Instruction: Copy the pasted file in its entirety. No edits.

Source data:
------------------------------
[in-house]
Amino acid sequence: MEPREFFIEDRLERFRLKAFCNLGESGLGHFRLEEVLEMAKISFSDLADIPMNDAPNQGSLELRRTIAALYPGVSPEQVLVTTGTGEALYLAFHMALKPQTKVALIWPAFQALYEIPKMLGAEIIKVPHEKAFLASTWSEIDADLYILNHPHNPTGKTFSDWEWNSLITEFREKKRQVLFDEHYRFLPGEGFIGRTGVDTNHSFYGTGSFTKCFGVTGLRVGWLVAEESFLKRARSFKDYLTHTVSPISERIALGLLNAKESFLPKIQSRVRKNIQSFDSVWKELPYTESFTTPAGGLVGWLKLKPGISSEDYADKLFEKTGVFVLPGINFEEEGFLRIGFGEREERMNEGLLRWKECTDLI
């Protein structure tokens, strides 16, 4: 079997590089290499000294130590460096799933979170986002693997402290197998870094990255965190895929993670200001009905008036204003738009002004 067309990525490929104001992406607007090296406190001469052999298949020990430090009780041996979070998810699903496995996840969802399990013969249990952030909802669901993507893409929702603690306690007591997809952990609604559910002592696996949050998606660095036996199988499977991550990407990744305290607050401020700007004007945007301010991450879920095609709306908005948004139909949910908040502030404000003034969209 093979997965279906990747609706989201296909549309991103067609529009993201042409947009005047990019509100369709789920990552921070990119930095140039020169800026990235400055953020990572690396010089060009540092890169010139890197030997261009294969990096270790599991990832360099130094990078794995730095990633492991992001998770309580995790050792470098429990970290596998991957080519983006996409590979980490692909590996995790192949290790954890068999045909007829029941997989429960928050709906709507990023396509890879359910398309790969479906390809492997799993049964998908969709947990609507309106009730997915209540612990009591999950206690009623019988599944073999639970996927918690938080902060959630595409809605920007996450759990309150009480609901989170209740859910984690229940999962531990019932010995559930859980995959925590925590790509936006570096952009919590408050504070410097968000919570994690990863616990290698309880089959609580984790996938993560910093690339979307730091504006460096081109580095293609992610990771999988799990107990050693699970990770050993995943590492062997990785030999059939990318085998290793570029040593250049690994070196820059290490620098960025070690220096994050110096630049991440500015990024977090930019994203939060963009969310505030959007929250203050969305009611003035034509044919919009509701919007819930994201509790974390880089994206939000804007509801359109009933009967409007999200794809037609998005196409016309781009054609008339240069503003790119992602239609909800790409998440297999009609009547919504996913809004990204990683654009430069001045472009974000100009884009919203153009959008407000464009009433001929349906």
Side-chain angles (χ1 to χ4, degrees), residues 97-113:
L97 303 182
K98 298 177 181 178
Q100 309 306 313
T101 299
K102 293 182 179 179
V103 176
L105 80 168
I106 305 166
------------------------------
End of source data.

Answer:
[in-house]
Amino acid sequence: MEPREFFIEDRLERFRLKAFCNLGESGLGHFRLEEVLEMAKISFSDLADIPMNDAPNQGSLELRRTIAALYPGVSPEQVLVTTGTGEALYLAFHMALKPQTKVALIWPAFQALYEIPKMLGAEIIKVPHEKAFLASTWSEIDADLYILNHPHNPTGKTFSDWEWNSLITEFREKKRQVLFDEHYRFLPGEGFIGRTGVDTNHSFYGTGSFTKCFGVTGLRVGWLVAEESFLKRARSFKDYLTHTVSPISERIALGLLNAKESFLPKIQSRVRKNIQSFDSVWKELPYTESFTTPAGGLVGWLKLKPGISSEDYADKLFEKTGVFVLPGINFEEEGFLRIGFGEREERMNEGLLRWKECTDLI
């Protein structure tokens, strides 16, 4: 079997590089290499000294130590460096799933979170986002693997402290197998870094990255965190895929993670200001009905008036204003738009002004 067309990525490929104001992406607007090296406190001469052999298949020990430090009780041996979070998810699903496995996840969802399990013969249990952030909802669901993507893409929702603690306690007591997809952990609604559910002592696996949050998606660095036996199988499977991550990407990744305290607050401020700007004007945007301010991450879920095609709306908005948004139909949910908040502030404000003034969209 093979997965279906990747609706989201296909549309991103067609529009993201042409947009005047990019509100369709789920990552921070990119930095140039020169800026990235400055953020990572690396010089060009540092890169010139890197030997261009294969990096270790599991990832360099130094990078794995730095990633492991992001998770309580995790050792470098429990970290596998991957080519983006996409590979980490692909590996995790192949290790954890068999045909007829029941997989429960928050709906709507990023396509890879359910398309790969479906390809492997799993049964998908969709947990609507309106009730997915209540612990009591999950206690009623019988599944073999639970996927918690938080902060959630595409809605920007996450759990309150009480609901989170209740859910984690229940999962531990019932010995559930859980995959925590925590790509936006570096952009919590408050504070410097968000919570994690990863616990290698309880089959609580984790996938993560910093690339979307730091504006460096081109580095293609992610990771999988799990107990050693699970990770050993995943590492062997990785030999059939990318085998290793570029040593250049690994070196820059290490620098960025070690220096994050110096630049991440500015990024977090930019994203939060963009969310505030959007929250203050969305009611003035034509044919919009509701919007819930994201509790974390880089994206939000804007509801359109009933009967409007999200794809037609998005196409016309781009054609008339240069503003790119992602239609909800790409998440297999009609009547919504996913809004990204990683654009430069001045472009974000100009884009919203153009959008407000464009009433001929349906």
Side-chain angles (χ1 to χ4, degrees), residues 97-113:
L97 303 182
K98 298 177 181 178
Q100 309 306 313
T101 299
K102 293 182 179 179
V103 176
L105 80 168
I106 305 166